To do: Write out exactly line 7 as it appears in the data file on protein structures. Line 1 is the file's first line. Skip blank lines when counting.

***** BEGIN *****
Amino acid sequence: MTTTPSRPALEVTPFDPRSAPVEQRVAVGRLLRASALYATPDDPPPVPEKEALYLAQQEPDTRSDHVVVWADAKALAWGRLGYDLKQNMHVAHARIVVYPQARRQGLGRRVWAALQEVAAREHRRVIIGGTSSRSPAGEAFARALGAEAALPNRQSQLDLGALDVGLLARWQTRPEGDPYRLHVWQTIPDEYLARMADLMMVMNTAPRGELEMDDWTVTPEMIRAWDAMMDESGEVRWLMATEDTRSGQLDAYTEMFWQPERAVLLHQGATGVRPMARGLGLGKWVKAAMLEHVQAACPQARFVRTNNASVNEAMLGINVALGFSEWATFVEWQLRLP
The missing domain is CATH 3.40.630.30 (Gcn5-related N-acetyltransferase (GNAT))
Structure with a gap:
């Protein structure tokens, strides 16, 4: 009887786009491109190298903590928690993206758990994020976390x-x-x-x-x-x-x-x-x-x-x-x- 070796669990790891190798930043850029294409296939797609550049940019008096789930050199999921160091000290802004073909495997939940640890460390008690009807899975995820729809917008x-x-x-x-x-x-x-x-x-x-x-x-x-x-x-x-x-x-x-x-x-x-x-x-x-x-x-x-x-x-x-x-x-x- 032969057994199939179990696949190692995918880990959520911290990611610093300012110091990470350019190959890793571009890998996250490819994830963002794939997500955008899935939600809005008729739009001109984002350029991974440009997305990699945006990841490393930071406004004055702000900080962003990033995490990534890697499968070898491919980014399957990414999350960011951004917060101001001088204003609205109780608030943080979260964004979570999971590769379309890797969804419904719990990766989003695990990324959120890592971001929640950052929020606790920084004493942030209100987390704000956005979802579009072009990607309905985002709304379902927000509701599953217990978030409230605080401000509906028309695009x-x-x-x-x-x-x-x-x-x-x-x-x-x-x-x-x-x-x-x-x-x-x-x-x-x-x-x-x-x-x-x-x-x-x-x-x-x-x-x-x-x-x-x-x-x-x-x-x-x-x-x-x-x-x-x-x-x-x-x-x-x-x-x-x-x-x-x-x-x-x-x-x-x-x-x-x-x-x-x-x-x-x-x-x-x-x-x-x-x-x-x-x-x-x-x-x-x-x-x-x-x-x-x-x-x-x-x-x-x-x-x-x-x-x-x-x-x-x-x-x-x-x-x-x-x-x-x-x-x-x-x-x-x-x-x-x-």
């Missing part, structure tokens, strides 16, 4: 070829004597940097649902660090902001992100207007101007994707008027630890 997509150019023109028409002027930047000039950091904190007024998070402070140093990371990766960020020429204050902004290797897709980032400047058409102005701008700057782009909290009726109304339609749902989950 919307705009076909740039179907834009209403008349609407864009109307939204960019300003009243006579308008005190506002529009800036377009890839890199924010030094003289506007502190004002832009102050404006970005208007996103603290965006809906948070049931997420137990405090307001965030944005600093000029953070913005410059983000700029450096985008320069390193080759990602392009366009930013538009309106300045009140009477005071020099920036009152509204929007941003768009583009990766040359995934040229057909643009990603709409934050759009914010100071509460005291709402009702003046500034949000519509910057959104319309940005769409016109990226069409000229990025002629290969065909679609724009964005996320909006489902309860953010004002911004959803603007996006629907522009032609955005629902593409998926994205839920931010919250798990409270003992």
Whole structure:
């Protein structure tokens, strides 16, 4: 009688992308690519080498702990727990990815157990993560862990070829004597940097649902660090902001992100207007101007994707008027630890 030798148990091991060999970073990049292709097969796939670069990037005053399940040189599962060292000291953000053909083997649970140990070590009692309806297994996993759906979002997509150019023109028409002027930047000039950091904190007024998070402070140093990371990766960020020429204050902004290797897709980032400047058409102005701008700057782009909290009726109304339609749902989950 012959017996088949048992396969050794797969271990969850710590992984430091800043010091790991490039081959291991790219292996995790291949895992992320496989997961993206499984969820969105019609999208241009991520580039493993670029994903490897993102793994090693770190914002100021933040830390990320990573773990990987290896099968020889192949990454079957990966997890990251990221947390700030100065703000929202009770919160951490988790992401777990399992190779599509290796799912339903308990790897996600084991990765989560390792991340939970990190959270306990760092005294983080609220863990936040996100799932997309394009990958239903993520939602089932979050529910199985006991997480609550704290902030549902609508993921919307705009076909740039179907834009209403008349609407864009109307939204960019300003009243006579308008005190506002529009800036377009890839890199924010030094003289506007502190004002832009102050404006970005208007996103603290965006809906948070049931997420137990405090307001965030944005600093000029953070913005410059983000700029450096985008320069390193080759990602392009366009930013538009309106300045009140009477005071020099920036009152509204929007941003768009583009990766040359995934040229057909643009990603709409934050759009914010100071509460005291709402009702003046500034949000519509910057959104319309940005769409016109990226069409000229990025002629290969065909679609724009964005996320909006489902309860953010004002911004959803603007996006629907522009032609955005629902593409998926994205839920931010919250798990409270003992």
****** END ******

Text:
């Protein structure tokens, strides 16, 4: 009688992308690519080498702990727990990815157990993560862990070829004597940097649902660090902001992100207007101007994707008027630890 030798148990091991060999970073990049292709097969796939670069990037005053399940040189599962060292000291953000053909083997649970140990070590009692309806297994996993759906979002997509150019023109028409002027930047000039950091904190007024998070402070140093990371990766960020020429204050902004290797897709980032400047058409102005701008700057782009909290009726109304339609749902989950 012959017996088949048992396969050794797969271990969850710590992984430091800043010091790991490039081959291991790219292996995790291949895992992320496989997961993206499984969820969105019609999208241009991520580039493993670029994903490897993102793994090693770190914002100021933040830390990320990573773990990987290896099968020889192949990454079957990966997890990251990221947390700030100065703000929202009770919160951490988790992401777990399992190779599509290796799912339903308990790897996600084991990765989560390792991340939970990190959270306990760092005294983080609220863990936040996100799932997309394009990958239903993520939602089932979050529910199985006991997480609550704290902030549902609508993921919307705009076909740039179907834009209403008349609407864009109307939204960019300003009243006579308008005190506002529009800036377009890839890199924010030094003289506007502190004002832009102050404006970005208007996103603290965006809906948070049931997420137990405090307001965030944005600093000029953070913005410059983000700029450096985008320069390193080759990602392009366009930013538009309106300045009140009477005071020099920036009152509204929007941003768009583009990766040359995934040229057909643009990603709409934050759009914010100071509460005291709402009702003046500034949000519509910057959104319309940005769409016109990226069409000229990025002629290969065909679609724009964005996320909006489902309860953010004002911004959803603007996006629907522009032609955005629902593409998926994205839920931010919250798990409270003992």